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  Empiricism (from Greek empeirein, ‘to experience’), in philosophy, is the doctrine that all knowledge is derived from experience. Before one has any experience, before one perceives or introspects, one has no knowledge at all. There are different versions of empiricism, however. We can get an understanding of two of them by considering what different empiricists have meant by the phrase ‘is derived from’. Some empiricists have held that all knowledge causally originates from and is justified by experience. Others have merely held that all knowledge is justified by experience.

Consider the first version. Some empiricists have claimed that all ideas causally derive from experience and, therefore, that before one has any experiences one has no ideas. Before it has any experiences, the mind is a tabula rasa, a white sheet devoid of any ideas, upon which experience has yet to leave its mark. There are no innate ideas, that is, ideas which the mind possesses before it first has experiences.

However, one can hardly have beliefs before one has any ideas or concepts, and it is only beliefs which may attain the status of knowledge. So if possessing ideas causally depends upon having experiences, possessing beliefs and, therefore, knowledge also causally depends upon having experiences. Experience does not merely justify one\'s knowledge claims, but is also causally necessary for possessing the beliefs which may attain the status of knowledge.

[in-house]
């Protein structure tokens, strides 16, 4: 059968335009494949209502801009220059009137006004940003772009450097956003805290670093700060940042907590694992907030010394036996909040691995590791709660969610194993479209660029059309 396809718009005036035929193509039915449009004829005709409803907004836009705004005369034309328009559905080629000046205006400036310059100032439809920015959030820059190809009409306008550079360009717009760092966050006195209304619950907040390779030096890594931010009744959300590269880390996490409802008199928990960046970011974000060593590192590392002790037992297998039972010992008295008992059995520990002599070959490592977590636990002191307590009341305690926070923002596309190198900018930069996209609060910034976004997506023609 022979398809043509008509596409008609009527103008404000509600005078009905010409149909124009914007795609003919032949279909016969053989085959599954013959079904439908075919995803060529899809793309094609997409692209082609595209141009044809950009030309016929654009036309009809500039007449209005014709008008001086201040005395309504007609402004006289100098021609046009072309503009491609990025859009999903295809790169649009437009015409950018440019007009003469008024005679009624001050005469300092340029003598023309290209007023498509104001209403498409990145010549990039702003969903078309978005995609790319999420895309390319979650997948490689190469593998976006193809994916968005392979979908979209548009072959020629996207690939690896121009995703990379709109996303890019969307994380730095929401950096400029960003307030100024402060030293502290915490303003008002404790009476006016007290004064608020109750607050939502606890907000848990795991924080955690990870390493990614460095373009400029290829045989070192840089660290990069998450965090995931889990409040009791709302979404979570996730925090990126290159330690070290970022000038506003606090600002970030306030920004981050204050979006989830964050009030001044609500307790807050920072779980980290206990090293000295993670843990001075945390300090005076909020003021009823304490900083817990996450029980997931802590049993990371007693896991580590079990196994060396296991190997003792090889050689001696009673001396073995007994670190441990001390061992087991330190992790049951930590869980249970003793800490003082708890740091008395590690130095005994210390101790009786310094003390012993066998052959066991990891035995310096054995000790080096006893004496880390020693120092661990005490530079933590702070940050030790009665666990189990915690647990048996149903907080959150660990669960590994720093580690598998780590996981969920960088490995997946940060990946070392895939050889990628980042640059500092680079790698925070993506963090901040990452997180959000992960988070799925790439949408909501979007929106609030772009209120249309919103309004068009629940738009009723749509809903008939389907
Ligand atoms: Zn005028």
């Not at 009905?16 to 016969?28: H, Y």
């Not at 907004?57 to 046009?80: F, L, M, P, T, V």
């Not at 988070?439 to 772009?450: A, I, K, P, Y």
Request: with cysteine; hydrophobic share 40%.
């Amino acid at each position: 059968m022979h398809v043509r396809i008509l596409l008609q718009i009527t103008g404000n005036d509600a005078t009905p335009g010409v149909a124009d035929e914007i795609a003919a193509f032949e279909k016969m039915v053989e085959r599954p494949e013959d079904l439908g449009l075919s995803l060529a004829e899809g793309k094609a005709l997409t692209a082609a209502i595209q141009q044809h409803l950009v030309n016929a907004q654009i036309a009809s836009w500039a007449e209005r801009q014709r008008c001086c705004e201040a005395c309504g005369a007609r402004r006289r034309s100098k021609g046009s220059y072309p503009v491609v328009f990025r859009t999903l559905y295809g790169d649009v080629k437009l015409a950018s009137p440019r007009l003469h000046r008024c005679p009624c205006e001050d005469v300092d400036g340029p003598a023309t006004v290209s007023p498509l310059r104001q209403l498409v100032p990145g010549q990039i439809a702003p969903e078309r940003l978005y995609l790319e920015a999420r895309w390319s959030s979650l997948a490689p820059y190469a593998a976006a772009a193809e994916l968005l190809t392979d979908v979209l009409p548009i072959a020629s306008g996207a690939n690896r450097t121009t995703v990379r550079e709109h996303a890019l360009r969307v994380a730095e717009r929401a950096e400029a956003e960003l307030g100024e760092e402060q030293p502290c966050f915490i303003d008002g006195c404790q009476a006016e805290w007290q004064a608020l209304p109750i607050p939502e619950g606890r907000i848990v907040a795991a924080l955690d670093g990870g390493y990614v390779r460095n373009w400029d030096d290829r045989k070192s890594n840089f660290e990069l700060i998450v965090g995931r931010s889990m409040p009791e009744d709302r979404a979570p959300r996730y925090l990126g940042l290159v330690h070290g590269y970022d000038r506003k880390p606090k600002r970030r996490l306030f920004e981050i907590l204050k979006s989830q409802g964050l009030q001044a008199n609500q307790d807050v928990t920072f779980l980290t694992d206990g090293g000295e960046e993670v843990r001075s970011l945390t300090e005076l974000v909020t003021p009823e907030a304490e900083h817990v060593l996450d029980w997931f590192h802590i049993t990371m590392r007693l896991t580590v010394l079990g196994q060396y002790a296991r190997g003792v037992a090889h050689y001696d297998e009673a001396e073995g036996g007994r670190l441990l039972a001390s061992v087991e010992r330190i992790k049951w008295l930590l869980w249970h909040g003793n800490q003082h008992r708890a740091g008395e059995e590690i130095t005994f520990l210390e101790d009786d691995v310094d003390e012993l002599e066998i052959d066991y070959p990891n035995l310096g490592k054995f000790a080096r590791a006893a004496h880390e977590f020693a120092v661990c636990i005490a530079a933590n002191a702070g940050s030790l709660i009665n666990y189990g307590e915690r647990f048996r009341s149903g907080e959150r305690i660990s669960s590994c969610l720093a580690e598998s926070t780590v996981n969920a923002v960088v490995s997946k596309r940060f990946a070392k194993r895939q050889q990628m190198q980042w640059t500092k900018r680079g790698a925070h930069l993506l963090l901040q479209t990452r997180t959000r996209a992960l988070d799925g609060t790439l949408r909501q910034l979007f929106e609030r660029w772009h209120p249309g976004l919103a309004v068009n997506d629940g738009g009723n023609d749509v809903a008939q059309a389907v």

The first version of empiricism, with its claim that all ideas causally derive from experience is vulnerable to the objection that it is difficult to see how all of the ideas or concepts we possess could causally derive from experience. Consider the concept of necessity, the idea that such and such must be the case. It is difficult to see how the idea that things must be a certain way could be derived from one\'s sensory or introspective experience of how things actually are.

The second version of empiricism avoids this objection. It does not claim that all ideas originate from experience. It can thus allow that the mind has innate ideas, and even innate beliefs. But, it insists, all knowledge is justified by experience, so no belief can count as knowledge until it has been justified by experience. So the second version of empiricism holds that all knowledge is justified by experience, but is neutral on the question of whether all ideas and beliefs causally depend upon experience. It can thus allow that we have ideas and beliefs before we have any experiences, that we have innate ideas and beliefs. AJ

See also innate ideas; rationalism.Further reading A.J. Ayer, Language Truth and Logic; , R.S. Woolhouse, The Empiricists.



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